For the privilege of living in one of the New Deal's three Government-owned utopian "planned communities," residents had to do much of the planning themselves. Abraham Chasanow, a $1,800-a-year clerk in the Navy's Hydrographic Office, found this out soon after he moved his family into a six-room, $36.50-a-month row house in Greenbelt, Md. in 1939. For 13 years Chasanow worked hard at his civic responsibilities. His hard work eventually led to serious trouble: last July the Navy suspended him as a suspected security risk. Chasanow, now 43, decided to fight the charges. He is still fighting them.
Hanging the Wash. In the late 19305, Dr. Rexford Tugwell's Resettlement Administration built a model town seven miles northeast of Washington at a cost of $14 million. Because its 900 dwelling units covered a 2OO-acre tract surrounded by 3,100 acres of Maryland countryside, the town was named Greenbelt. Greenbelt's residents, including Abraham Chasanow, set about electing a local government, operating an consumer co-op to run the town's stores, organizing a health insurance plan and a recreation center.
Every Greenbelt citizen was caught up in a continual flurry of supercharged issues. For a time, the price of everything in the town's stores, from haircuts to hosiery, had to be set after community argument. Painful decisions were made about keeping dogs (prohibited) and hanging out the wash on Sundays (approved). Soon 57 committees were functioning in little Greenbelt.
Men with professional training were rare in the community. Since Abraham Chasanow had earned a degree at Washington College of Law night school, he was put on six assorted committees. Lawyer Chasanow also served on the draft board, the Health Association, the Citizens' Association. He took part in the P.T.A., the Lions, the Jewish Community Center. He did legal work for the town's 1,000-unit expansion in 1941 and contributed to the local newspaper, the Cooperator, of which his wife Helen was once church editor. The Chasanows also raised four children.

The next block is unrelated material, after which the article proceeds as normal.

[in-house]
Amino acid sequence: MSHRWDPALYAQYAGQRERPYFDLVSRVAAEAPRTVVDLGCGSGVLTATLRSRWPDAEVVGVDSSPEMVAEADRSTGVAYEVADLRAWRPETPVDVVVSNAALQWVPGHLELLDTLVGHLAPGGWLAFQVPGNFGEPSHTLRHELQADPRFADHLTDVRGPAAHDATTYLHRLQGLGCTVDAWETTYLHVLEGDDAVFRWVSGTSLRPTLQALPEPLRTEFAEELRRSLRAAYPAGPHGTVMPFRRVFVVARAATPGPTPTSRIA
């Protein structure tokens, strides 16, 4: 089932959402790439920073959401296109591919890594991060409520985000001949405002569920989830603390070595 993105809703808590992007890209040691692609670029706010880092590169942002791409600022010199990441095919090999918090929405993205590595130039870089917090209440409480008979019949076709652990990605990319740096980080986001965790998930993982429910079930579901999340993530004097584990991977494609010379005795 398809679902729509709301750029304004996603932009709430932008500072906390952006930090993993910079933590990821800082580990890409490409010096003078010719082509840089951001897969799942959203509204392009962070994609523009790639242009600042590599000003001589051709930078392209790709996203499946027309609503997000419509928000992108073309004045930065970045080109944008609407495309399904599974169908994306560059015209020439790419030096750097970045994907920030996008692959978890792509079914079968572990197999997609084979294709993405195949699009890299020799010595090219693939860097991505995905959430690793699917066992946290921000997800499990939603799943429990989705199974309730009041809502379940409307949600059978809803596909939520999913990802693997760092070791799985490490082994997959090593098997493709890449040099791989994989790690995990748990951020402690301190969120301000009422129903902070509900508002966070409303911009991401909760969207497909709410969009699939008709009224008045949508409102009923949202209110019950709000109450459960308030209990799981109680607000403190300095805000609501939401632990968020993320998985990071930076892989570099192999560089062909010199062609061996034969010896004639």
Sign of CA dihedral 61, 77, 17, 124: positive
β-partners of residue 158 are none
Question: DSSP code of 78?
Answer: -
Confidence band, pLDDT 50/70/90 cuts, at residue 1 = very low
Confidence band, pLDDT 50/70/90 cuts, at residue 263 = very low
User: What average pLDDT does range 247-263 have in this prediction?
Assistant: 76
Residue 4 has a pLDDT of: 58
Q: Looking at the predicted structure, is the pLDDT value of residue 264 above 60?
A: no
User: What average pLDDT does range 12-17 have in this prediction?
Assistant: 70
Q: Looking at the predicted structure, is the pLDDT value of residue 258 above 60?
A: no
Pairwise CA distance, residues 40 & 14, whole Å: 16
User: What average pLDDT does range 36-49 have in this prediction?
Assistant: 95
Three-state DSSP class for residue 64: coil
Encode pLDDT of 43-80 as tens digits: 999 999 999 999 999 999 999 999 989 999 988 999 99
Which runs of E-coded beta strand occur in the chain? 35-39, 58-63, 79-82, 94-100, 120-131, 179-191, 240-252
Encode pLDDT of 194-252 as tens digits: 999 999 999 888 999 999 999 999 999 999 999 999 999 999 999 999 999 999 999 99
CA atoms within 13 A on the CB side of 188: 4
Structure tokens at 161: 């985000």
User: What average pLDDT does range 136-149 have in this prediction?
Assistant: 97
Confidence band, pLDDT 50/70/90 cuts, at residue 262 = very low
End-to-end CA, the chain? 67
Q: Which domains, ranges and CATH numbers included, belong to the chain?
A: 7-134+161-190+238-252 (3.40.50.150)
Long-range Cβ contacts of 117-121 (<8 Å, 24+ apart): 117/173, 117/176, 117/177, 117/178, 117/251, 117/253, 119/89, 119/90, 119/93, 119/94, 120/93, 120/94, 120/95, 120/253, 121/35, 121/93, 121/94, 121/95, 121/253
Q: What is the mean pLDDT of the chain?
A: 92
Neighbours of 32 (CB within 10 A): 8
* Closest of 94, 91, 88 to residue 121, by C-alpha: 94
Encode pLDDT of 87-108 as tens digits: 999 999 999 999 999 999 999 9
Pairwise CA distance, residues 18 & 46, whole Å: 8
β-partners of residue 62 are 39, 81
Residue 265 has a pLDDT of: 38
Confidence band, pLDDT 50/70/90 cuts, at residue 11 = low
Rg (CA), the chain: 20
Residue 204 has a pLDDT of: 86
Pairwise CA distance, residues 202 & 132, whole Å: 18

After the war, the Government began to think about selling Greenbelt. Fourteen hundred Greenbelters, including Chasanow, formed an association to buy the town. But the other 450 tenants refused to sign up, in the hope that the Government would decide not to sell and would continue to subsidize their rents.
The stormiest battle in Greenbelt's squally history was joined.
In 1949 Congress ordered the town sold, no ifs, ands or buts. As the Greenbelt Veteran Housing Corporation and its legal adviser Abraham Chasanow fought for private ownership, tempers flared and rumors burgeoned. From house to row house, the word darted that the veterans' group was led by "Communist Jews and longhairs." Someone scratched at the sign over the Jewish Community Center to make it read "Jewish Communist Center."
At length, in the summer of 1952, the U.S. sold Greenbelt. Chasanow's corporation gave tenants a year to decide whether to make purchase payments on their homes or move.